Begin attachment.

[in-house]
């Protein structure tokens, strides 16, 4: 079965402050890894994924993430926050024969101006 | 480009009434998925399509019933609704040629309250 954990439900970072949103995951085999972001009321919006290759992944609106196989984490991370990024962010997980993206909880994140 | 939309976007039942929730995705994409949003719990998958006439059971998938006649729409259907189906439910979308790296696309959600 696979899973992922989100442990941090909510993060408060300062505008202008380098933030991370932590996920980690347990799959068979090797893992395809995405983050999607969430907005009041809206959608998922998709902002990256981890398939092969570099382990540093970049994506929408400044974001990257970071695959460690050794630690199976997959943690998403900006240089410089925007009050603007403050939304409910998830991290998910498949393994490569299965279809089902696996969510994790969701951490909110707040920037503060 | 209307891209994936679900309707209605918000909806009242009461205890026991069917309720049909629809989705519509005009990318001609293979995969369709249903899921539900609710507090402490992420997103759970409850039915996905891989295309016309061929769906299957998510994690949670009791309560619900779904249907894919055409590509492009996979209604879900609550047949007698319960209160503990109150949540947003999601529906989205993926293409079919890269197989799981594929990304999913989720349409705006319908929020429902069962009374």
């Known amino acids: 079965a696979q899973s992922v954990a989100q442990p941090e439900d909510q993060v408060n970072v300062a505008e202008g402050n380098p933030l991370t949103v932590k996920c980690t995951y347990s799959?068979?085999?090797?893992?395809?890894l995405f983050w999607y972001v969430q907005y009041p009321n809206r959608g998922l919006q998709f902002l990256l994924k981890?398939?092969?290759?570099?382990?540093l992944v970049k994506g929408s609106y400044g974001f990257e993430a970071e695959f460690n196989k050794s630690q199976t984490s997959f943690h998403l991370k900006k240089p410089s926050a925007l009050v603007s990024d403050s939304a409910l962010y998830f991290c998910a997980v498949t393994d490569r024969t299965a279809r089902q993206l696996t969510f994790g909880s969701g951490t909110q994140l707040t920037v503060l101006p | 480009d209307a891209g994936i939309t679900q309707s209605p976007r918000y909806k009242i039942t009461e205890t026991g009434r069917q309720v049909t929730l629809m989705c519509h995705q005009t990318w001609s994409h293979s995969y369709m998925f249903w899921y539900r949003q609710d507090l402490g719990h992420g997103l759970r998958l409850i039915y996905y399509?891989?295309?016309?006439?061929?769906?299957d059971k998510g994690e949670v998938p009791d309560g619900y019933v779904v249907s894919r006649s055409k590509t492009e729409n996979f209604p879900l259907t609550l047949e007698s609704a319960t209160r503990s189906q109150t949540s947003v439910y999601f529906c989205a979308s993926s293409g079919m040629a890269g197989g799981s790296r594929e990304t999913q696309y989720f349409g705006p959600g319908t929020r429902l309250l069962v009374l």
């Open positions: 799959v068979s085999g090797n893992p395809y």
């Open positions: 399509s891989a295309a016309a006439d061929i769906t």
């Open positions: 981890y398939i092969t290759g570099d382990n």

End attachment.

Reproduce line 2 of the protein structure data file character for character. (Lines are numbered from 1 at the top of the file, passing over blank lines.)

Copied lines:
């Protein structure tokens, strides 16, 4: 079965402050890894994924993430926050024969101006 | 480009009434998925399509019933609704040629309250 954990439900970072949103995951085999972001009321919006290759992944609106196989984490991370990024962010997980993206909880994140 | 939309976007039942929730995705994409949003719990998958006439059971998938006649729409259907189906439910979308790296696309959600 696979899973992922989100442990941090909510993060408060300062505008202008380098933030991370932590996920980690347990799959068979090797893992395809995405983050999607969430907005009041809206959608998922998709902002990256981890398939092969570099382990540093970049994506929408400044974001990257970071695959460690050794630690199976997959943690998403900006240089410089925007009050603007403050939304409910998830991290998910498949393994490569299965279809089902696996969510994790969701951490909110707040920037503060 | 209307891209994936679900309707209605918000909806009242009461205890026991069917309720049909629809989705519509005009990318001609293979995969369709249903899921539900609710507090402490992420997103759970409850039915996905891989295309016309061929769906299957998510994690949670009791309560619900779904249907894919055409590509492009996979209604879900609550047949007698319960209160503990109150949540947003999601529906989205993926293409079919890269197989799981594929990304999913989720349409705006319908929020429902069962009374």